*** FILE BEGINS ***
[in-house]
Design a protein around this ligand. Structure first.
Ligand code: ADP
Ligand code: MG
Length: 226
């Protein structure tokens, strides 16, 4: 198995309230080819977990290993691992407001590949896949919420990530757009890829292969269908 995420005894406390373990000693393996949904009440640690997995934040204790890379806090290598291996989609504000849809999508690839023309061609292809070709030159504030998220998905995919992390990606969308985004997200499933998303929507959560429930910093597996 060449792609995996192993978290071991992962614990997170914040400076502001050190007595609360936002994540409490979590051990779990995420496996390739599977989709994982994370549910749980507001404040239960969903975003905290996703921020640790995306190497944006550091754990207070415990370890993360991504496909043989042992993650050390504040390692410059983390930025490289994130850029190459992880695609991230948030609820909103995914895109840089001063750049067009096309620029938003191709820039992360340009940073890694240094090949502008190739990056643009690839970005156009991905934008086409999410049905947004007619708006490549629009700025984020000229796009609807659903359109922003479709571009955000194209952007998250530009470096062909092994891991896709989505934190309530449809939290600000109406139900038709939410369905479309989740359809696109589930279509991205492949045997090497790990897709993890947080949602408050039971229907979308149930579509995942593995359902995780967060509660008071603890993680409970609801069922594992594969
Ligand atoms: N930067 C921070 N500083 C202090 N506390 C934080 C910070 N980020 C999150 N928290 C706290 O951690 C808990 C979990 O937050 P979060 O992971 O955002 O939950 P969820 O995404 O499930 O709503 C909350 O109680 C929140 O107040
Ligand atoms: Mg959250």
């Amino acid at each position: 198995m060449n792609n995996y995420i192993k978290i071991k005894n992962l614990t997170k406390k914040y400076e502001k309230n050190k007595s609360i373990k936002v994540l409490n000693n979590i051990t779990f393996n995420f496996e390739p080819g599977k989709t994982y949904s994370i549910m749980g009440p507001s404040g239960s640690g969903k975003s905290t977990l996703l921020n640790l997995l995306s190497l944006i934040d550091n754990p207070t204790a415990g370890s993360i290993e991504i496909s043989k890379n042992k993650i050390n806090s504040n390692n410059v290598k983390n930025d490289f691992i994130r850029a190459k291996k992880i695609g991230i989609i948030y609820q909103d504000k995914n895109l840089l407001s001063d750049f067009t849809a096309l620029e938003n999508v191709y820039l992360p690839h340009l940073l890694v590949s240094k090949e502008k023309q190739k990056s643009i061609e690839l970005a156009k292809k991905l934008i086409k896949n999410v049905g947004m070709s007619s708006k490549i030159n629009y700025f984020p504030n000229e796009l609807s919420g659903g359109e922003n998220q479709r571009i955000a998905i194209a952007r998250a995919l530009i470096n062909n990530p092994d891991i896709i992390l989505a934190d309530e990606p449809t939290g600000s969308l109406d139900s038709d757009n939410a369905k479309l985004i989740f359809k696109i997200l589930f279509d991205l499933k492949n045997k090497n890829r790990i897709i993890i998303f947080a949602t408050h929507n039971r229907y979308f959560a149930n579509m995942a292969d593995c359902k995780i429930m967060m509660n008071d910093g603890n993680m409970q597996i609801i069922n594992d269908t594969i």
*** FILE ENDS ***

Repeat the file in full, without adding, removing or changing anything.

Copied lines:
[in-house]
Design a protein around this ligand. Structure first.
Ligand code: ADP
Ligand code: MG
Length: 226
């Protein structure tokens, strides 16, 4: 198995309230080819977990290993691992407001590949896949919420990530757009890829292969269908 995420005894406390373990000693393996949904009440640690997995934040204790890379806090290598291996989609504000849809999508690839023309061609292809070709030159504030998220998905995919992390990606969308985004997200499933998303929507959560429930910093597996 060449792609995996192993978290071991992962614990997170914040400076502001050190007595609360936002994540409490979590051990779990995420496996390739599977989709994982994370549910749980507001404040239960969903975003905290996703921020640790995306190497944006550091754990207070415990370890993360991504496909043989042992993650050390504040390692410059983390930025490289994130850029190459992880695609991230948030609820909103995914895109840089001063750049067009096309620029938003191709820039992360340009940073890694240094090949502008190739990056643009690839970005156009991905934008086409999410049905947004007619708006490549629009700025984020000229796009609807659903359109922003479709571009955000194209952007998250530009470096062909092994891991896709989505934190309530449809939290600000109406139900038709939410369905479309989740359809696109589930279509991205492949045997090497790990897709993890947080949602408050039971229907979308149930579509995942593995359902995780967060509660008071603890993680409970609801069922594992594969
Ligand atoms: N930067 C921070 N500083 C202090 N506390 C934080 C910070 N980020 C999150 N928290 C706290 O951690 C808990 C979990 O937050 P979060 O992971 O955002 O939950 P969820 O995404 O499930 O709503 C909350 O109680 C929140 O107040
Ligand atoms: Mg959250």
């Amino acid at each position: 198995m060449n792609n995996y995420i192993k978290i071991k005894n992962l614990t997170k406390k914040y400076e502001k309230n050190k007595s609360i373990k936002v994540l409490n000693n979590i051990t779990f393996n995420f496996e390739p080819g599977k989709t994982y949904s994370i549910m749980g009440p507001s404040g239960s640690g969903k975003s905290t977990l996703l921020n640790l997995l995306s190497l944006i934040d550091n754990p207070t204790a415990g370890s993360i290993e991504i496909s043989k890379n042992k993650i050390n806090s504040n390692n410059v290598k983390n930025d490289f691992i994130r850029a190459k291996k992880i695609g991230i989609i948030y609820q909103d504000k995914n895109l840089l407001s001063d750049f067009t849809a096309l620029e938003n999508v191709y820039l992360p690839h340009l940073l890694v590949s240094k090949e502008k023309q190739k990056s643009i061609e690839l970005a156009k292809k991905l934008i086409k896949n999410v049905g947004m070709s007619s708006k490549i030159n629009y700025f984020p504030n000229e796009l609807s919420g659903g359109e922003n998220q479709r571009i955000a998905i194209a952007r998250a995919l530009i470096n062909n990530p092994d891991i896709i992390l989505a934190d309530e990606p449809t939290g600000s969308l109406d139900s038709d757009n939410a369905k479309l985004i989740f359809k696109i997200l589930f279509d991205l499933k492949n045997k090497n890829r790990i897709i993890i998303f947080a949602t408050h929507n039971r229907y979308f959560a149930n579509m995942a292969d593995c359902k995780i429930m967060m509660n008071d910093g603890n993680m409970q597996i609801i069922n594992d269908t594969i």